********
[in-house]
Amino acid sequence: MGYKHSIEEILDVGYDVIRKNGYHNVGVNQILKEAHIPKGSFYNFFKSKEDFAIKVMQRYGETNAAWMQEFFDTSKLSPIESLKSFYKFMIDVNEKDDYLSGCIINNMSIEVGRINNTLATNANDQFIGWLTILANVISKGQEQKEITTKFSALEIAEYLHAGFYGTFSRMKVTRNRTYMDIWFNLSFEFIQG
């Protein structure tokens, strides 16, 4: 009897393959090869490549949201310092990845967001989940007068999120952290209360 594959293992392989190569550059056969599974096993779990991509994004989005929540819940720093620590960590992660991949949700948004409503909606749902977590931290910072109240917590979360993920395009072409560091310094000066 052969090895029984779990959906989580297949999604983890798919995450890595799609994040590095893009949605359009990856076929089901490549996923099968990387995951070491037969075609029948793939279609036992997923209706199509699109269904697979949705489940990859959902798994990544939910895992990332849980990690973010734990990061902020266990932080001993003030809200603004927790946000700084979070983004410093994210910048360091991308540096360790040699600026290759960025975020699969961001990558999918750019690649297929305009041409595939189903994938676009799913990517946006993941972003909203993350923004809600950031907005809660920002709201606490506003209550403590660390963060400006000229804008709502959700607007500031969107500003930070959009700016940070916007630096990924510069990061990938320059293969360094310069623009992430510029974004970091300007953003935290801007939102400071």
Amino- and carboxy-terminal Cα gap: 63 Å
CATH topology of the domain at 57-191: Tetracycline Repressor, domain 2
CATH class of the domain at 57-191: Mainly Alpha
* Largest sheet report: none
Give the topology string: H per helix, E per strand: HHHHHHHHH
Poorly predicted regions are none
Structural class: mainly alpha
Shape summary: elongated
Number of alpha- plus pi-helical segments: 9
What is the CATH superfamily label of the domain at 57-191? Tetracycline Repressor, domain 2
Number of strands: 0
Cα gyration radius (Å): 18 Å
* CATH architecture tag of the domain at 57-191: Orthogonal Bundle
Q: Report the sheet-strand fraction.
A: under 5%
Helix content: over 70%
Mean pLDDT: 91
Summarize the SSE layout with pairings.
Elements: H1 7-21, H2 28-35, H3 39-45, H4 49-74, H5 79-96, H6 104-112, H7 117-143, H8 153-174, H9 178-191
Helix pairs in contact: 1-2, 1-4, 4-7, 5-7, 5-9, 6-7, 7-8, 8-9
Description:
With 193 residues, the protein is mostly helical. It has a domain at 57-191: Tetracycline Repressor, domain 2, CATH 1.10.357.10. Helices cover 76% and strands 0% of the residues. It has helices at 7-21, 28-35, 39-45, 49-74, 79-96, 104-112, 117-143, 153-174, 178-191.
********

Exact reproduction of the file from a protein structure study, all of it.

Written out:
[in-house]
Amino acid sequence: MGYKHSIEEILDVGYDVIRKNGYHNVGVNQILKEAHIPKGSFYNFFKSKEDFAIKVMQRYGETNAAWMQEFFDTSKLSPIESLKSFYKFMIDVNEKDDYLSGCIINNMSIEVGRINNTLATNANDQFIGWLTILANVISKGQEQKEITTKFSALEIAEYLHAGFYGTFSRMKVTRNRTYMDIWFNLSFEFIQG
């Protein structure tokens, strides 16, 4: 009897393959090869490549949201310092990845967001989940007068999120952290209360 594959293992392989190569550059056969599974096993779990991509994004989005929540819940720093620590960590992660991949949700948004409503909606749902977590931290910072109240917590979360993920395009072409560091310094000066 052969090895029984779990959906989580297949999604983890798919995450890595799609994040590095893009949605359009990856076929089901490549996923099968990387995951070491037969075609029948793939279609036992997923209706199509699109269904697979949705489940990859959902798994990544939910895992990332849980990690973010734990990061902020266990932080001993003030809200603004927790946000700084979070983004410093994210910048360091991308540096360790040699600026290759960025975020699969961001990558999918750019690649297929305009041409595939189903994938676009799913990517946006993941972003909203993350923004809600950031907005809660920002709201606490506003209550403590660390963060400006000229804008709502959700607007500031969107500003930070959009700016940070916007630096990924510069990061990938320059293969360094310069623009992430510029974004970091300007953003935290801007939102400071």
Amino- and carboxy-terminal Cα gap: 63 Å
CATH topology of the domain at 57-191: Tetracycline Repressor, domain 2
CATH class of the domain at 57-191: Mainly Alpha
* Largest sheet report: none
Give the topology string: H per helix, E per strand: HHHHHHHHH
Poorly predicted regions are none
Structural class: mainly alpha
Shape summary: elongated
Number of alpha- plus pi-helical segments: 9
What is the CATH superfamily label of the domain at 57-191? Tetracycline Repressor, domain 2
Number of strands: 0
Cα gyration radius (Å): 18 Å
* CATH architecture tag of the domain at 57-191: Orthogonal Bundle
Q: Report the sheet-strand fraction.
A: under 5%
Helix content: over 70%
Mean pLDDT: 91
Summarize the SSE layout with pairings.
Elements: H1 7-21, H2 28-35, H3 39-45, H4 49-74, H5 79-96, H6 104-112, H7 117-143, H8 153-174, H9 178-191
Helix pairs in contact: 1-2, 1-4, 4-7, 5-7, 5-9, 6-7, 7-8, 8-9
Description:
With 193 residues, the protein is mostly helical. It has a domain at 57-191: Tetracycline Repressor, domain 2, CATH 1.10.357.10. Helices cover 76% and strands 0% of the residues. It has helices at 7-21, 28-35, 39-45, 49-74, 79-96, 104-112, 117-143, 153-174, 178-191.